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The plots below show the radiation pattern of the Yagi in two perpendicular planes.

Notice that the pattern is unidirectional, and somewhat wider in the plane perpendicular to the elements. This is true in general for Yagis, regardless of the number of directors used. However, as more directors are added, the forward gain will increase, and the beam width will become narrower in both planes.

You may wonder what would happen if additional reflectors are added. The answer is that nothing happens. The first reflector reduces the power radiated rearward to approximately 1% of the forward value. The additional directors cannot couple strongly to the driver because the radiated field passing by them is so small. Only 1 reflector is necessary to reduce rearward radiation.

The operating bandwidth (the range of frequencies over which the gain and FB ratio stay within design criteria) for a Yagi is generally quite narrow and can be altered to some extent through careful adjustment of the length and spacing of the elements. The chart below shows how the gain and FB ratio of the 3 element Yagi depend on frequency.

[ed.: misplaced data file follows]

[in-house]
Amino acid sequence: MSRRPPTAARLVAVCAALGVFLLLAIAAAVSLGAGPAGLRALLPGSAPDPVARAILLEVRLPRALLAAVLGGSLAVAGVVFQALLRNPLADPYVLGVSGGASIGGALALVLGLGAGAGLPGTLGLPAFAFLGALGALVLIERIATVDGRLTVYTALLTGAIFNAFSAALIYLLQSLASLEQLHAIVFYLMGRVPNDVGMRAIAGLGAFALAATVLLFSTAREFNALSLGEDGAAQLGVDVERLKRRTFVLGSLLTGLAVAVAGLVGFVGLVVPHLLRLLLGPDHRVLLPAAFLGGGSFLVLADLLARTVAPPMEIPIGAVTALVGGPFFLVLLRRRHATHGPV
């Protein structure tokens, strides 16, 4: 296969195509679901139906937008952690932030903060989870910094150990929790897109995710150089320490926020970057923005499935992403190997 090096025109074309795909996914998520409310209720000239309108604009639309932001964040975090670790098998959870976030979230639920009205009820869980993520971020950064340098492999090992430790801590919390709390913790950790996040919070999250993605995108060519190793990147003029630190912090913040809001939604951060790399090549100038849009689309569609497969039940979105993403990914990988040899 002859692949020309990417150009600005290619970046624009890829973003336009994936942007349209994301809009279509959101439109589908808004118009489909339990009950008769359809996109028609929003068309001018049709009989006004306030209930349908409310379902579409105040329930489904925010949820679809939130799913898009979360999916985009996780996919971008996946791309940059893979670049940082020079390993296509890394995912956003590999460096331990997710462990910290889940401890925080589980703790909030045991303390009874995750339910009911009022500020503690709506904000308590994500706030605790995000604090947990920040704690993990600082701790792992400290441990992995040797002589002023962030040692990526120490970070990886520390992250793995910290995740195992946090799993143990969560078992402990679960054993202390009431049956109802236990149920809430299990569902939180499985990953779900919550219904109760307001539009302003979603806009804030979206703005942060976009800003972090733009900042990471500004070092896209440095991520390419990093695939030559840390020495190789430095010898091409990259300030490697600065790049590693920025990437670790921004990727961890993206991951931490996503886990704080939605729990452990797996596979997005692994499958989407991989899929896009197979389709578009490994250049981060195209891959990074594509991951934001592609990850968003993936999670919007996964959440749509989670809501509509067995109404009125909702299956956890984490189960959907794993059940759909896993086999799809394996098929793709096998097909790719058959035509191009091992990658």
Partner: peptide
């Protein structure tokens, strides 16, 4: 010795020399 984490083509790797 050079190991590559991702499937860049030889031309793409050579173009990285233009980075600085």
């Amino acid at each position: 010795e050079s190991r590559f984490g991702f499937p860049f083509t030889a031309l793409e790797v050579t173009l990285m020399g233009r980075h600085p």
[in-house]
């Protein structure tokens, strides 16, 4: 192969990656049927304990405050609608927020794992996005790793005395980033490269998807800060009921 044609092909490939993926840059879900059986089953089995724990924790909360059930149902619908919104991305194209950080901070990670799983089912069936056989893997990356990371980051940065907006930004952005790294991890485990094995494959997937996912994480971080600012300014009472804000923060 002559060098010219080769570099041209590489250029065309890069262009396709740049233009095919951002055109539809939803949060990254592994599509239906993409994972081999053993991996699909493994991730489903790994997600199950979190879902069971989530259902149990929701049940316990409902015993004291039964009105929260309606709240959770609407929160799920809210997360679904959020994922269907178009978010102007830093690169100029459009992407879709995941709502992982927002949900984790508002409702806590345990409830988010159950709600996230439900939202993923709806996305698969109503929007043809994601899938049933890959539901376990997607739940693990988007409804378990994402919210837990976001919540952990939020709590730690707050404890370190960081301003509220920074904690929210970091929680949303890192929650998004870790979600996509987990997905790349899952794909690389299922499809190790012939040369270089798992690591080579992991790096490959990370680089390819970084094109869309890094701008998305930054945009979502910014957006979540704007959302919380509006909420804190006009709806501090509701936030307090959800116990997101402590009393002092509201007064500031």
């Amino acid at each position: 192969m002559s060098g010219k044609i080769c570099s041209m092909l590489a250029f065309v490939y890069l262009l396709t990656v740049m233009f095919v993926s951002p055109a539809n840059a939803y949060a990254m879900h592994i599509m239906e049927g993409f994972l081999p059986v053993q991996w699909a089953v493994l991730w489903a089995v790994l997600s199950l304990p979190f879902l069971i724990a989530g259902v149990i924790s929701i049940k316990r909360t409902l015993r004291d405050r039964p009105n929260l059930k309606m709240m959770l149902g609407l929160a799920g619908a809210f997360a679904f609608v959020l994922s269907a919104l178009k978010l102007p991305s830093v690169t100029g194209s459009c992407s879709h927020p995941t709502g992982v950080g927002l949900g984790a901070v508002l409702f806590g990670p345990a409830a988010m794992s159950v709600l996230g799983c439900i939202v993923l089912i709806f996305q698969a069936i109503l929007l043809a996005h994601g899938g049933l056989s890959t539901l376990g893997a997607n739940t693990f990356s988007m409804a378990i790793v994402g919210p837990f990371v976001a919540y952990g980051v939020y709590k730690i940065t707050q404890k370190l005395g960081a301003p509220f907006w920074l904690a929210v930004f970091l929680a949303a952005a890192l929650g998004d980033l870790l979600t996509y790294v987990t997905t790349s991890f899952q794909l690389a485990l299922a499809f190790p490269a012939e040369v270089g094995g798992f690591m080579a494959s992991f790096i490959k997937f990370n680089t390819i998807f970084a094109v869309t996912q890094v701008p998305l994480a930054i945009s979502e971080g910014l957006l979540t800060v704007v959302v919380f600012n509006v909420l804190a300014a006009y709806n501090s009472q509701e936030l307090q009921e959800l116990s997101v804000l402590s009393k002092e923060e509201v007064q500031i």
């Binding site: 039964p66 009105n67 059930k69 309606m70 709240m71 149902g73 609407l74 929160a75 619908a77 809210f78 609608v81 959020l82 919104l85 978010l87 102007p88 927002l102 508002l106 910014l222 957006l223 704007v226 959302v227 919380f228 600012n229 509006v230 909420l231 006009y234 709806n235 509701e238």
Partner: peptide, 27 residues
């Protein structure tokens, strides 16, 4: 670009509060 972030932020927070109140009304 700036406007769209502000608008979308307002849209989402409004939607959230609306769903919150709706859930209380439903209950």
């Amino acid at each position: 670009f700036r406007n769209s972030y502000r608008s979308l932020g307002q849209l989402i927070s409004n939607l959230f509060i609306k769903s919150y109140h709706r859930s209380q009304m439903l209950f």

The one problem encountered with this approach is that if the user is standing no-where near the transmitter, or facing directly away from it. The hand held display will show display indicating that the user is pointing in the right direction. While this is a large potential problem we must remember that the user will have a general idea of where the disc landed and should not end up facing this predicament in any case